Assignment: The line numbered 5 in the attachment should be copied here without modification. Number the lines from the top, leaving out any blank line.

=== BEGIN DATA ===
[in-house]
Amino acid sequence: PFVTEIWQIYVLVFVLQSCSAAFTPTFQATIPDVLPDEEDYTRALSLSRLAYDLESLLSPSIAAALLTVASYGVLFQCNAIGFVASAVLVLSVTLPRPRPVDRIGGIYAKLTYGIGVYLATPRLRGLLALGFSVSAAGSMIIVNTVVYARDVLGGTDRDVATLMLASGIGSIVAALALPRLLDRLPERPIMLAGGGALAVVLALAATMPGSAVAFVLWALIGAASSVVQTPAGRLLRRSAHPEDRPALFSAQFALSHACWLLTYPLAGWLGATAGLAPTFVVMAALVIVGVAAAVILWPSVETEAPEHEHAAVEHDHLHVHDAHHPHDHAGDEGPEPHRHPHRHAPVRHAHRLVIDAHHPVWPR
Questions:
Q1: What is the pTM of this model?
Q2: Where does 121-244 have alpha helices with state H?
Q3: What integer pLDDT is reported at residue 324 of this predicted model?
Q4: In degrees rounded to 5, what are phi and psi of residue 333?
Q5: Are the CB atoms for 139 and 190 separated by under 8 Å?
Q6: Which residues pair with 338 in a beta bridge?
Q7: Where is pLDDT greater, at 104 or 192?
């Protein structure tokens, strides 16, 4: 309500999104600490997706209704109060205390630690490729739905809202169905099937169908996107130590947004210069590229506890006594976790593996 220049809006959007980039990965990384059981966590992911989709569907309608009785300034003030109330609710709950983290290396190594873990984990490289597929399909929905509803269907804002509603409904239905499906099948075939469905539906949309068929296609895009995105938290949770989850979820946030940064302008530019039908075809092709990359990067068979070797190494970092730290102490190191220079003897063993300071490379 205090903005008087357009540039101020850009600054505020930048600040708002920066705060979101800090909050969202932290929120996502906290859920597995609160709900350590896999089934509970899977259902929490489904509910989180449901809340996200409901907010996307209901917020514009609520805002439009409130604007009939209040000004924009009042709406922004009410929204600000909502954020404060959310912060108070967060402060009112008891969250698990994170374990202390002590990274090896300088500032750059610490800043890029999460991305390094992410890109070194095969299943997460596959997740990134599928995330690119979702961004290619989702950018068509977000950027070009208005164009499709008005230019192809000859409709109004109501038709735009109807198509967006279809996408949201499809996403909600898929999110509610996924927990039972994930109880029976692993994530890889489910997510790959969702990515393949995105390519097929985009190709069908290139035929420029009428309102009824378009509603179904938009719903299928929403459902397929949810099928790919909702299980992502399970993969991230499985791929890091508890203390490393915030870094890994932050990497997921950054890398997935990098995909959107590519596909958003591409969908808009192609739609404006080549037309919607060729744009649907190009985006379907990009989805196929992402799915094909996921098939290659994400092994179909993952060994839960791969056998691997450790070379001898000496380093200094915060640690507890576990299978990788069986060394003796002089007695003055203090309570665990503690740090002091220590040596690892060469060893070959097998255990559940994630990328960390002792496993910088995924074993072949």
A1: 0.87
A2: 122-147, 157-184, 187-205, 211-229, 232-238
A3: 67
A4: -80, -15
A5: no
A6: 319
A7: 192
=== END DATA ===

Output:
Q2: Where does 121-244 have alpha helices with state H?